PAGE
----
An industrious self-starter, Whalen is taking “Right Away” on the road, and is booked out through October. Starting with Friday night’s, Aug. 21, show at our very own hidden beach oasis, Volley’s (a bar, volleyball and barbecue joint off of North Third Street), Whalen will play 16 shows across the entire western slope.

Touring on an album that has been a year in the works, Whalen has added another valuable voice to our local music scene, and is proving that it is a good time to be a songwriter in Grand Junction.


New York City Cops Debut Tonight

By David Goe
Friday, August 14, 2015

New York City Cops, a new band made up of members from Wavebaby and Mout Orchid, debut tonight at Sabrosa. A Strokes cover band, New York City Cops will playing a note for note cover of the band's classic first album "Is This It." 

Originally released overseas on July 30, 2001, "Is This It" featured the naked thigh/black glove album cover and included the song "New York City Cops." After 9/11, the album was altered before the US release. "New York City Cops" was removed and replaced with "Hard To Explain." The cover art was also changed from the naked thigh/black glove picture to the colorful, psychedelic image that adorns the album to this day. New York City Cops will play both songs.

Tonight's show will also feature an opening set from Wavebaby and DJ sets from Selector Trev and Denim Party. There is no cover but it is a 21 and up show. 


From Concert Trips to Finding True Love, Music Always There

By David Goe
Friday, July 24, 2015

Avett Brothers + Sturgill Simpson, Red Rocks Amphitheatre, July 11, 2015

All the important memories in my life, or at least a majority of them, are tied to music. In somehow, someway, my most cherished moments seem to be connected with a song, concert, or a band.

Cooking for my parents with the omnipresent George Harrison playing in the background, driving overnight through the Utah desert with my best friend for a Dave Matthews Band concert, sharing a beer with Wilco at the Rockslide, my first performance with Dreamboat at Tenacious Brothers — the list goes on and on.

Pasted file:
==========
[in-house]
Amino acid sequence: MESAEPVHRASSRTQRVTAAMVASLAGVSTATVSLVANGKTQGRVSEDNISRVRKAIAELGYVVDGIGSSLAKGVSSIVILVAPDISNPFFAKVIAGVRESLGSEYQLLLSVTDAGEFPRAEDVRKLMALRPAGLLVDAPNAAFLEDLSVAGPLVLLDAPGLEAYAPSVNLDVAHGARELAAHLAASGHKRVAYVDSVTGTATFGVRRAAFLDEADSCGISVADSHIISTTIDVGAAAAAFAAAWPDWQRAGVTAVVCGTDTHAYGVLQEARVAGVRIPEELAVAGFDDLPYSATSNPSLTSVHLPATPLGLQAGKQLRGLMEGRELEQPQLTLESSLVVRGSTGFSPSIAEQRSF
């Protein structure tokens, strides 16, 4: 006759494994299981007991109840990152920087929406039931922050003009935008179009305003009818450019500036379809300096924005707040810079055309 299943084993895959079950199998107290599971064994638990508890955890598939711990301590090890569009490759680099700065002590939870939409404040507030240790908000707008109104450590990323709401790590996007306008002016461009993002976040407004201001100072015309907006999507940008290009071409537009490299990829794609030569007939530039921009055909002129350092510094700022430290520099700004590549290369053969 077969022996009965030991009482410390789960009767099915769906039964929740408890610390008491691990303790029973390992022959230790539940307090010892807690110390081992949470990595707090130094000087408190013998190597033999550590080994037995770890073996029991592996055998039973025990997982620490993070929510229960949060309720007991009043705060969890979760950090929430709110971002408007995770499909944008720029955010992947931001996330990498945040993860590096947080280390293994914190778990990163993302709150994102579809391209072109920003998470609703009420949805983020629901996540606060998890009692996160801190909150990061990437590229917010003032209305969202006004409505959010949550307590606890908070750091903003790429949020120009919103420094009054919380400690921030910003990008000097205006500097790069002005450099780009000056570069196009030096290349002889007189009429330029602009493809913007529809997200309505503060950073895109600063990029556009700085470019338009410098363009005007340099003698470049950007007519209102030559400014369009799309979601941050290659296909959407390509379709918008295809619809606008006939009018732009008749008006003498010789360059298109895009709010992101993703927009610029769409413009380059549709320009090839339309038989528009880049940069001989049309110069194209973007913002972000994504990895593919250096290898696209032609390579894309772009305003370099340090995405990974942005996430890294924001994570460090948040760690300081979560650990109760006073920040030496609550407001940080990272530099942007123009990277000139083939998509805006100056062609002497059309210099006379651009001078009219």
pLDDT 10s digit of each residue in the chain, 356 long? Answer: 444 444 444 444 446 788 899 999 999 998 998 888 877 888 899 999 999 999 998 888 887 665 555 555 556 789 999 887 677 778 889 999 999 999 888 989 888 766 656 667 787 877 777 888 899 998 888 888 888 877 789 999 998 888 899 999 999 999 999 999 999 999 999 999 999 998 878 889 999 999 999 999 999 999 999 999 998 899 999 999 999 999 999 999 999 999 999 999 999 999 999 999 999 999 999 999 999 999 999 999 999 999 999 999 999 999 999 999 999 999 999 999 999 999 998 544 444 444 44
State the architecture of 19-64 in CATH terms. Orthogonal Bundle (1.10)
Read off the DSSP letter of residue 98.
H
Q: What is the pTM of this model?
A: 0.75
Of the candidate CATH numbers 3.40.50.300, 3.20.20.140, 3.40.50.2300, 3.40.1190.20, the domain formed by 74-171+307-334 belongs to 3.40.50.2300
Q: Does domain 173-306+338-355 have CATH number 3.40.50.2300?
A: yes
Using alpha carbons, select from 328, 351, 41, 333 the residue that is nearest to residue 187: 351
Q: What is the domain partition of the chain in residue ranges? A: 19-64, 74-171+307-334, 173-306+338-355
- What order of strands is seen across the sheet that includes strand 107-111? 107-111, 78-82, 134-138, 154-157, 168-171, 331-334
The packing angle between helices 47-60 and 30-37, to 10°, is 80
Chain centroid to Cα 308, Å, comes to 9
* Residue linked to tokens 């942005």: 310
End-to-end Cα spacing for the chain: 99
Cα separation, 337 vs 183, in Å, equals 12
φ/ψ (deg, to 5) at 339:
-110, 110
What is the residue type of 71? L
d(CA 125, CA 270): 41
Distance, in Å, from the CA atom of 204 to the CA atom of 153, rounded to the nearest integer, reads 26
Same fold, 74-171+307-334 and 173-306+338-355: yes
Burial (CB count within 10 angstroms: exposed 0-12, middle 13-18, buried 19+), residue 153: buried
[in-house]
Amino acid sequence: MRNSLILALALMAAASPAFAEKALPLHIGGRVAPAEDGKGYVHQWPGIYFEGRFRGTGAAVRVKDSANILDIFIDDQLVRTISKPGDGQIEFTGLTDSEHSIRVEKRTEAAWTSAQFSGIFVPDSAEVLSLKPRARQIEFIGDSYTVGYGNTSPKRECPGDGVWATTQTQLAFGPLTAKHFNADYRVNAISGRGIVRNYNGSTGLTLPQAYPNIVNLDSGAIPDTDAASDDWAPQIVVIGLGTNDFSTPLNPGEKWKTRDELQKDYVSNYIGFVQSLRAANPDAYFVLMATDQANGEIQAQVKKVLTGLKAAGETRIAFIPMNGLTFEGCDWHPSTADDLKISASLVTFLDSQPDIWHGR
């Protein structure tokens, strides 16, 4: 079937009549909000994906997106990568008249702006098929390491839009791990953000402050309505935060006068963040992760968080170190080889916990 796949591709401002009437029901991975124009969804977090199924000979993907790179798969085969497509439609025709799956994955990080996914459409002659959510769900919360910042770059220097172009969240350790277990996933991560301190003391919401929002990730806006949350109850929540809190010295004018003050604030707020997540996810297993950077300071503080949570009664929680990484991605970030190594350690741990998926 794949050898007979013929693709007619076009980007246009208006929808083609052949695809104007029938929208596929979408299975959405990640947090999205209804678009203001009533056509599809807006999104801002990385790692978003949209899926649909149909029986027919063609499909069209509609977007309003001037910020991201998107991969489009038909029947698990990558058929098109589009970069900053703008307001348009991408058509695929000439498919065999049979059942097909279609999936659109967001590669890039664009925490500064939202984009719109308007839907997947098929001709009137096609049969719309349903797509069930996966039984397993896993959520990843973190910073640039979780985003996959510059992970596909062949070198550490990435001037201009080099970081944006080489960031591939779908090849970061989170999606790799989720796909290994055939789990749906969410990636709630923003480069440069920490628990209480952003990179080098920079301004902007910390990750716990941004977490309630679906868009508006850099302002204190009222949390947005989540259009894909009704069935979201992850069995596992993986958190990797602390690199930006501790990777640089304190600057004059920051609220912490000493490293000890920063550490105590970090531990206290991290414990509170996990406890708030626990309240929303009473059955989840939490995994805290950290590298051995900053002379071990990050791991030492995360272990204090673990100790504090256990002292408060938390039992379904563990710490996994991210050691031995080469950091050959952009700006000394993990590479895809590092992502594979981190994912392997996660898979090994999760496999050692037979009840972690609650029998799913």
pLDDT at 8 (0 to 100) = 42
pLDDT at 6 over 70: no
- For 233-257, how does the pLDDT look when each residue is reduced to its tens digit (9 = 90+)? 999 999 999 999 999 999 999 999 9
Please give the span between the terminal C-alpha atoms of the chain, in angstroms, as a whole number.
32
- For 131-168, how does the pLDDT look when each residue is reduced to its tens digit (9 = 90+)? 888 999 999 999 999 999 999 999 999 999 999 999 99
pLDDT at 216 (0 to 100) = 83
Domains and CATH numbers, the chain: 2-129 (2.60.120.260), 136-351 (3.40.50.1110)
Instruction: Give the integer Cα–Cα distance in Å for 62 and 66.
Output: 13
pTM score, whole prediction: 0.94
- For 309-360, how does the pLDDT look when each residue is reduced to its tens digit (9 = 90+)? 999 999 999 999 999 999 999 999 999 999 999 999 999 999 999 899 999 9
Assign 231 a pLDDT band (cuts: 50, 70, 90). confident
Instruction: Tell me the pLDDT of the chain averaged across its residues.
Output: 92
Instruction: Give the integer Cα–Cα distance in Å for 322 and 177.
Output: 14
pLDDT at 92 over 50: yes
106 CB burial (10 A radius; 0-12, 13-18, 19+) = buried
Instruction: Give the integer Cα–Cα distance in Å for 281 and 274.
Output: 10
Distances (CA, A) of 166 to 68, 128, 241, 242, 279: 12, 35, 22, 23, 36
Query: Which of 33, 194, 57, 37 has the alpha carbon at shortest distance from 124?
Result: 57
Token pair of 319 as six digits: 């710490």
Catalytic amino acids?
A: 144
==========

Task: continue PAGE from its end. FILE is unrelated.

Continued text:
Music has meant so much more to me then I can describe here. Yes, it’s been the soundtrack of my life but it’s also been the gateway to so many great relationships. From melancholy and joy to heartbreak and romance, I would simply not be the man I am today without harmony and melody.

For the average music fan there’s nothing particularly special or memorable about the Parlours, a mildly successful indie band from Iowa. Yet for me, they are one of the most important bands of my life. At their Mesa Theater and Club lounge show, Saturday night, August 25, 2012, I met the love of my life.

Even today, as the opening synth chords fade into my favorite Parlours song “Dreamers,” time stops, and no matter my surroundings, I’m reminded of when I met Jamie.

I see the tiny giraffes on her patterned blue dress. I see her long, loose curls lightly falling on her grey cardigan sweater, and her warm, heart-melting gaze like it was yesterday.

I also see the terrible outfit I was wearing, ragged cut-off jean shorts and one of my dad’s old plaid button up shirts, and wonder why she ever gave me the time of day.

I can’t tell you if it was love at first sight, but seeing her and realizing that the rest of the lounge had vanished around us, the connection I felt, and continue to feel today, was undeniable. Truth be told I can’t recall anything about the night, other than the moments spent in effortless conversation with her.

Almost a week later we meet again at another concert, Jack + Jill with opening support from Dreamboat, the band I was playing bass with at the time. Feeling unusually confident, perhaps the result of the full blue moon hanging overhead, I asked her out after our set. She said yes.

Since those late August nights we’ve made countless memories together. We spent our second anniversary at Red Rocks Amphitheatre, weathering a torrential downpour to see the Arctic Monkeys. We went to the Postal Service reunion show and “Motown: The Musical” together. We’ve spent date nights at our friend’s band and DJ shows. We’ve dressed up as zombie Ewok and zombie Hunter S. Thompson for Zombie Prom.

When I play an Avett Brothers song on guitar I think about our annual pilgrimage to Red Rocks to see them live. I think about filling our house with their music and the promise I’ve made to learn banjo because that’s what Scott Avett, her favorite Avett, plays.

The past three years have been the best of my life, filed with great music, yes, but more importantly, priceless memories. Jamie’s made my ordinary life extraordinary and I can’t help but wonder, if it wasn’t for the Parlours, or Dreamboat, or the Avett Brothers, would we still have found each other?

Coincidentally next Friday, July 31, is the first blue moon since August 2012. It is also our wedding day. I love her today, tomorrow, and for the rest of our lives, and feel lucky to store yet another treasured memory with this perfect girl.

Page 7 of 57